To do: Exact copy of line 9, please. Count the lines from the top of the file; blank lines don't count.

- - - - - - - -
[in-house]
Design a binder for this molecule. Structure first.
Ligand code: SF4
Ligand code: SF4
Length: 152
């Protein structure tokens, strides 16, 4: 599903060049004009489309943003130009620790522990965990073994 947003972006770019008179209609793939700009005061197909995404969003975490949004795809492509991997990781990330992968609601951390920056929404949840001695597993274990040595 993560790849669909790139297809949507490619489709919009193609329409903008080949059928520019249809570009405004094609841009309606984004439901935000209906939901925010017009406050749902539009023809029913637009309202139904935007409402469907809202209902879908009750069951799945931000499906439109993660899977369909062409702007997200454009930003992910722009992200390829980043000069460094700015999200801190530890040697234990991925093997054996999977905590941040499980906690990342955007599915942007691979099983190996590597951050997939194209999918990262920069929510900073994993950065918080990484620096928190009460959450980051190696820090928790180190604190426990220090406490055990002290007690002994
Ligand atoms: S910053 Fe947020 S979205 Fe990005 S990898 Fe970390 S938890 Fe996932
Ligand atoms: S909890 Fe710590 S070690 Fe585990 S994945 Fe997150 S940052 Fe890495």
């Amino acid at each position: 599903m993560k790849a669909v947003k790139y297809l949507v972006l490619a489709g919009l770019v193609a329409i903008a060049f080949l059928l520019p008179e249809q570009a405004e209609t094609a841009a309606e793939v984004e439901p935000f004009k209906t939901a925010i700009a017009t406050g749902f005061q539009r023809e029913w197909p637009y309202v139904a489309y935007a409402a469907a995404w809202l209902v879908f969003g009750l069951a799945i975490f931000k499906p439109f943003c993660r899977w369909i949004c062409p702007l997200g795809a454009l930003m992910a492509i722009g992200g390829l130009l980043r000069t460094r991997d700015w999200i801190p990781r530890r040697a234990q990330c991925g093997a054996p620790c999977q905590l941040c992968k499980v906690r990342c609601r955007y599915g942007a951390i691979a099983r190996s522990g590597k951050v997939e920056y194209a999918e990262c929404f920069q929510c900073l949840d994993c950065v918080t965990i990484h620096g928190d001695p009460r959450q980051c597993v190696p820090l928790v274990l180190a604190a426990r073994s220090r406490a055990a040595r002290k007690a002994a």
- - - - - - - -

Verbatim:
């Amino acid at each position: 599903m993560k790849a669909v947003k790139y297809l949507v972006l490619a489709g919009l770019v193609a329409i903008a060049f080949l059928l520019p008179e249809q570009a405004e209609t094609a841009a309606e793939v984004e439901p935000f004009k209906t939901a925010i700009a017009t406050g749902f005061q539009r023809e029913w197909p637009y309202v139904a489309y935007a409402a469907a995404w809202l209902v879908f969003g009750l069951a799945i975490f931000k499906p439109f943003c993660r899977w369909i949004c062409p702007l997200g795809a454009l930003m992910a492509i722009g992200g390829l130009l980043r000069t460094r991997d700015w999200i801190p990781r530890r040697a234990q990330c991925g093997a054996p620790c999977q905590l941040c992968k499980v906690r990342c609601r955007y599915g942007a951390i691979a099983r190996s522990g590597k951050v997939e920056y194209a999918e990262c929404f920069q929510c900073l949840d994993c950065v918080t965990i990484h620096g928190d001695p009460r959450q980051c597993v190696p820090l928790v274990l180190a604190a426990r073994s220090r406490a055990a040595r002290k007690a002994a």